By Jen Kim on March 01, 2010 in Valley Girl With a Brain
A recent study explains that you don't have to be popular to reap its rewards.

Do you say what you mean?

By Marietta McCarty on February 28, 2010 in Life Saving Philosophy


By R. Douglas Fields Ph.D. on February 28, 2010 in The New Brain
 Is captivity driving killer whales mad?

Large Mocha without a Name

By Ira Hyman Ph.D. on February 24, 2010 in Mental Mishaps
The baristas in my favorite coffee shop knew my drink long before they knew my name. After only a few visits, they knew that I would order a large mocha. Learning my name took several more months. Have you ever wondered why names are so hard to learn and remember? 

Politics/Technology: The (Mis) Information Age

By Jim Taylor Ph.D. on February 23, 2010 in The Power of Prime
We have just concluded what was one of the most tumultuous and divisive decades in our nation's history. I've been thinking about what made this period so difficult. Unexpected and, in some cases, uncontrollable events certainly played a role. The 2000 Presidential election, the September 11, 2001 terrorist attacks, the wars in Afghanistan and Iraq, Hurricane Katrina, and the housing bubble and the resulting financial crisis come to mind. But every decade has its tragedies, controversies, and conflicts, and they don't devolve into the current zeitgeist of mistrust, anger, and polarization that exists today. There was something more elemental than simply a series of unfortunate events that lead us to this uncomfortable place in America's national storyline. As I did my best impression of Sherlock Holmes looking for clues to this mystery, I kept returning to one word: information.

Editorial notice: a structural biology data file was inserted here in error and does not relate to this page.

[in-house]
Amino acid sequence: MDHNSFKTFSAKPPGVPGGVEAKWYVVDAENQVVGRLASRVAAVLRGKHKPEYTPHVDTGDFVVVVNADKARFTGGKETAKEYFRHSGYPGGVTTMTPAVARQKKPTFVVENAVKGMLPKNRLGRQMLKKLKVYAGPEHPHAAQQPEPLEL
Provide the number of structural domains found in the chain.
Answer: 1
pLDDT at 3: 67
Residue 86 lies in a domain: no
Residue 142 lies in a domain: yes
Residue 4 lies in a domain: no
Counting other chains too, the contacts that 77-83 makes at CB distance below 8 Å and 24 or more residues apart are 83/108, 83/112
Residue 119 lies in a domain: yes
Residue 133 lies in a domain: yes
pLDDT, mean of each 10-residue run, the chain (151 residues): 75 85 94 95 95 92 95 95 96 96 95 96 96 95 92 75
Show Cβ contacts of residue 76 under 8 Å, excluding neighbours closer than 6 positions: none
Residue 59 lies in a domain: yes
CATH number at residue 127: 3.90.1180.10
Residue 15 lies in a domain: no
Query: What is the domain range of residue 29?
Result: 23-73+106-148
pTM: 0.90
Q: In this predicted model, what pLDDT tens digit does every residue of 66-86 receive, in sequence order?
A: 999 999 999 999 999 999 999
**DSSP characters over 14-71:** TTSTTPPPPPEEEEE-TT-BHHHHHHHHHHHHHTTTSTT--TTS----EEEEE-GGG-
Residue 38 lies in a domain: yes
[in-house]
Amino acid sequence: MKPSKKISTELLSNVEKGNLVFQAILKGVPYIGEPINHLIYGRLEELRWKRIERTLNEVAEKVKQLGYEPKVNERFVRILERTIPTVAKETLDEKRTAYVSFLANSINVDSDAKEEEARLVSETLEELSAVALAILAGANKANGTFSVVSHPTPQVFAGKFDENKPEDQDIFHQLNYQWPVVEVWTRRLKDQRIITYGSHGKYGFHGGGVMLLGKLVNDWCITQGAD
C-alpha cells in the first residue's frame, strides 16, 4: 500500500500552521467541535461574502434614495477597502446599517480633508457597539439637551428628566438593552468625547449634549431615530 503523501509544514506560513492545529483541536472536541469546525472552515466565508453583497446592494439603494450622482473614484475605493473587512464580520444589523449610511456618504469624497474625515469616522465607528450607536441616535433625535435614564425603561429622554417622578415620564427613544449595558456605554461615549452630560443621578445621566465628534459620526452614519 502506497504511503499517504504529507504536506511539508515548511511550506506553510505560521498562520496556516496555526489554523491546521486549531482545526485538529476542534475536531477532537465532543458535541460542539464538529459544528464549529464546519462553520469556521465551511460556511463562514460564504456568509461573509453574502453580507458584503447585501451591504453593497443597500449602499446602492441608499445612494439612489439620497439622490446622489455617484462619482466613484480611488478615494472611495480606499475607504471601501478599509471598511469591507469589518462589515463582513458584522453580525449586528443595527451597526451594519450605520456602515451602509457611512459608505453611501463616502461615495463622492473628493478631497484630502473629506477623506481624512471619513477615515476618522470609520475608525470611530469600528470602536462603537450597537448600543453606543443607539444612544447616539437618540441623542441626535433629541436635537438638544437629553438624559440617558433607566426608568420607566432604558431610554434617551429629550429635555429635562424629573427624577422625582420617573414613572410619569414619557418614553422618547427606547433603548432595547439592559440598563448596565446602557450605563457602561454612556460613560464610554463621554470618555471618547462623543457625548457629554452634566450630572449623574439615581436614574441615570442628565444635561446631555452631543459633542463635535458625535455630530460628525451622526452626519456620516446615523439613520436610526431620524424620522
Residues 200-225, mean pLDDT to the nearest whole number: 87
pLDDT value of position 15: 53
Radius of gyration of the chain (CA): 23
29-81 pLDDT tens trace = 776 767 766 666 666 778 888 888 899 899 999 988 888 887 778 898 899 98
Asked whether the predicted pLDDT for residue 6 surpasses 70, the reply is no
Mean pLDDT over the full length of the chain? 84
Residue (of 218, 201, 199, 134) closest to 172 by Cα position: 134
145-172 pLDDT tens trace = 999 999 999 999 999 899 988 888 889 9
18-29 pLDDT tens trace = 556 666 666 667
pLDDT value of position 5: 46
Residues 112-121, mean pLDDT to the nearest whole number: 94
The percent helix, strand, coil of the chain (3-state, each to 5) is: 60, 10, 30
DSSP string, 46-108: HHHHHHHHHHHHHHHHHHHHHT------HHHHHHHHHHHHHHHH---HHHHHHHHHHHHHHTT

8 Techniques For Recovering Your Happiness When Life Knocks You Sideways

By Karen Salmansohn on February 21, 2010 in Bouncing Back
Feeling challenged, stressed, depressed, anxious, miffed, pissed off, pissed on — and as if you and you alone are being singled out by the fates to suffer? These 8 techniques will encourage you to stop thinking about what’s wrong in your life, and starting thinking about how to create more right! You can do it!

Craving: When the brain remembers drug use

By Adi Jaffe Ph.D. on February 21, 2010 in All About Addiction
When drug use cravings hit they can seem like overwhelming, unstoppable, desires to go back to one's addiction. As usual, I think that a little knowledge regarding what's happening can go a long way in terms of reducing anxiety when cravings come.

Painting By Touch

By Lawrence D Rosenblum on February 17, 2010 in Sensory Superpowers


By Gayle Greene PhD on February 16, 2010 in Insomniac

How analyzing your problems may be counterproductive

By Ray Williams on February 13, 2010 in Wired for Success
When you're upset or depressed, should you analyze your feelings to figure out what's wrong? Or should you just forget about it and move on? New research and theories suggests if you do want to think about your problems, do so from a detached perspective, rather than reliving the experience.

Why Minority Students Perform Poorly in Science: A Tools-for-Thinking Insight.

By Michele and Robert Root-Bernstein on February 12, 2010 in Imagine That!
It is common knowledge that Latino and Native American students tend to do poorly on standardized tests of mathematics and science achievement, and minorities in general are substantially underrepresented in science-related fields. Our study of imaginative thinking tools suggests clues as to both causes and cures, so let us take you on our serendipitous journey to insight.